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May 1996


No. 19

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Library Creates World Wide Web Site

The new Haverford College Library web site, which debuted March 18, allows faculty, students, staff, and other users to locate and connect to an ever-increasing number and variety of electronic information sources directly from their personal computer.

For those readers unfamiliar with the term, "web" refers to the world wide web which is part of the internet, the network of computer networks which spans the globe and allows users to connect to remote machines and download information. The web is that part of the internet which allows users to view multimedia hypertext files, e.g., files with links to other files including sound, video, and still images. The files are called "home pages" or "web pages," and they are the jumping off points on the web. Using a software application called a "web browser," a user can connect to any home page on the web and by pointing and clicking on highlighted text or images, connect to related files. In addition to downloading and displaying hypertext files, web browsers can also launch connections using other network protocols such as telnet and gopher. As an increasing number of faculty, students, and other library users "get wired," the web page will be an excellent means for making library collections and services available to researchers beyond the walls of library buildings.

Typically, an organization makes available through its home page information about the organization itself, its services or products, and its personnel as well as links to networked resources of related interest. The Library's web site thus provides a starting point for research with information about Library services, policies, programs, collections, and staff and links to Tripod (the Tri-College library system), other library catalogs, an encyclopedia, journal article indexes, full-text journals, and other web sites. Several of these resources are electronic subscription services and are available only to Haverford and other tri-college students, faculty, and staff. These include Britannica Online, a full-text, keyword-searchable web version of Encyclopedia Britannica, and two electronic journal collections: Project Muse from Johns Hopkins University Press, which includes such social science and humanities journals as Callaloo, ELH, Human Rights Quarterly, and the American Journal of Mathematics and the JSTOR Journal Storage Project, a back issues file of economics and history journals. Two of the Library's most popular resources, the Trilogy databases and FirstSearch, will be available to campus users through the web page by next fall.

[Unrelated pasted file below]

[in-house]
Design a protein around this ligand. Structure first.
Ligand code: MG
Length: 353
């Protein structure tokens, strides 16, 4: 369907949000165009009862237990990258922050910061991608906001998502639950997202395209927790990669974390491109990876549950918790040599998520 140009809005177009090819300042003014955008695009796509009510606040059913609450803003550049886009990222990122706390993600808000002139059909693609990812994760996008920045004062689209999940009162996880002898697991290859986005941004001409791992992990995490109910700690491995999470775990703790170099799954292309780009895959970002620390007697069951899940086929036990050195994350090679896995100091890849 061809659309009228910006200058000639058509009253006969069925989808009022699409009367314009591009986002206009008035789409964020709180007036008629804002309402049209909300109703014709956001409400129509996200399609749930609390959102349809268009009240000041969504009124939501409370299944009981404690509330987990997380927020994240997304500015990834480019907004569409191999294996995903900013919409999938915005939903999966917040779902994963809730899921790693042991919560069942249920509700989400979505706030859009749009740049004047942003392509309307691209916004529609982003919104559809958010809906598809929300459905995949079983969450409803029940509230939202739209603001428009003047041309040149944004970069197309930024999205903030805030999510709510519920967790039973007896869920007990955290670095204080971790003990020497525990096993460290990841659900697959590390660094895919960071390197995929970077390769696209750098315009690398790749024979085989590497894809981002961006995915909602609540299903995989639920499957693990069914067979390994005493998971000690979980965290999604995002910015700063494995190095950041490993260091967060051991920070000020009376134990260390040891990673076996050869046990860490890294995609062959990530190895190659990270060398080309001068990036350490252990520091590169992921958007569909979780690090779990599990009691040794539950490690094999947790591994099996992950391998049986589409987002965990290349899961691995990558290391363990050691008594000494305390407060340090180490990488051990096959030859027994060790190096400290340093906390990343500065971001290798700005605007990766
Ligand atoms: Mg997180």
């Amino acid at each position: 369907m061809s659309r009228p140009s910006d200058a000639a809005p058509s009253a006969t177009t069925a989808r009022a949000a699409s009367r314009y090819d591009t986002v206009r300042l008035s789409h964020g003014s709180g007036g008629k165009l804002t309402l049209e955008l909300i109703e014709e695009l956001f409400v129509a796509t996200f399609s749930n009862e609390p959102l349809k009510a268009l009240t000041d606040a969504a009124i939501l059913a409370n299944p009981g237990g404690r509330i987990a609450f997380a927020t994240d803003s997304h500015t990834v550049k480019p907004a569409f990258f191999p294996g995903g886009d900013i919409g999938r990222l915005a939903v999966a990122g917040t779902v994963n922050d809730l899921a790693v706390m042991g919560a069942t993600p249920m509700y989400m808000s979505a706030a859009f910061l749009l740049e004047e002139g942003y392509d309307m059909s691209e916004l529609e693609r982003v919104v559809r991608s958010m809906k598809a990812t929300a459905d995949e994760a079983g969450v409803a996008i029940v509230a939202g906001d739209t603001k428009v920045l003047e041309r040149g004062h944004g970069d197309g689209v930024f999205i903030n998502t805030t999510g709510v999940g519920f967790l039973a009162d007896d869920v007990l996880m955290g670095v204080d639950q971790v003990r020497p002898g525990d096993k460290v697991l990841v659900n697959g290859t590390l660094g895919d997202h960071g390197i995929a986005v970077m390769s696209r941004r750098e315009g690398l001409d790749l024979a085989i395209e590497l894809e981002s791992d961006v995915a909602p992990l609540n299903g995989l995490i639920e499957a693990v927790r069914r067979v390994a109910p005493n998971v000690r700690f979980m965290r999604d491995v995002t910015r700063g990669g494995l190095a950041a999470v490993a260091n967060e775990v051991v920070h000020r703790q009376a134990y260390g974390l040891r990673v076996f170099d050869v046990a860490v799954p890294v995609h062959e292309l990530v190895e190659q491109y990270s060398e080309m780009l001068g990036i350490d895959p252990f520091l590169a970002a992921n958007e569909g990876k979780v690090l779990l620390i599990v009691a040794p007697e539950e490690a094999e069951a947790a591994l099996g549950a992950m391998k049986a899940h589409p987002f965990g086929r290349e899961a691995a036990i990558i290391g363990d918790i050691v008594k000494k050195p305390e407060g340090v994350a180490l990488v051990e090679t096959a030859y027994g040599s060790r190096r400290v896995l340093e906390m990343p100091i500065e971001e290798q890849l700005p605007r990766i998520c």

Of particular interest on the Library home page is a section devoted to subject-specific information guides. Created and maintained by the reference librarians, these web pages provide links to important resources in the major subject disciplines of the sciences, humanities, and social sciences. While emphasizing resources available through the internet, they also point to important resources in the Library's print collections and reflect the specific research and teaching interests of the Haverford commun ity. The guides provide links to resources ranging from sacred texts to statistical datasets. The twenty-one guides currently available reflect most of the academic departments and programs of the College, and plans are in place to complete guides for the remaining subject areas. Because of the relative ease with which web pages can be edited once created, the guides will be updated regularly to incorporate new resources and to reflect changing faculty and student interests. In the future, too, such publications as bibliographies, finding aids for special collections, and digitized materials will become available.

In the Guide to the Libraries section of the Library home page, separate web pages for Magill Library, the science libraries, the Music Library, Special Collections, and the government documents depository provide information about hours, facilities, services, and staff. A calendar of events provides information about the Library Associates lecture series and other special events and exhibitions.

We invite you to check out the library web site. If you are familiar with Netscape and the Haverford College Home Page, you can connect to the Library's web pages by following the Library link on the Haverford College Information Kiosk. Newsletter readers who are not currently students, faculty, or staff can connect to the Library web site by using the "open location" function of their own web browser and entering the following URL:

If you have not tried out the web yet, this is the perfect opportunity to do so. Current faculty, students, and staff can download the web browser, Netscape, from the Public Software folder on the Academic Computing server (AppleTalk zone: HC ACC Services). Call a reference librarian (896-1166) if you need assistance in downloading the software, and let us know if you want to suggest sites that of sufficient stability and academic interest to be included on our pages.

Mary Lynn Morris

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Student Works on 13th-Century Tanakh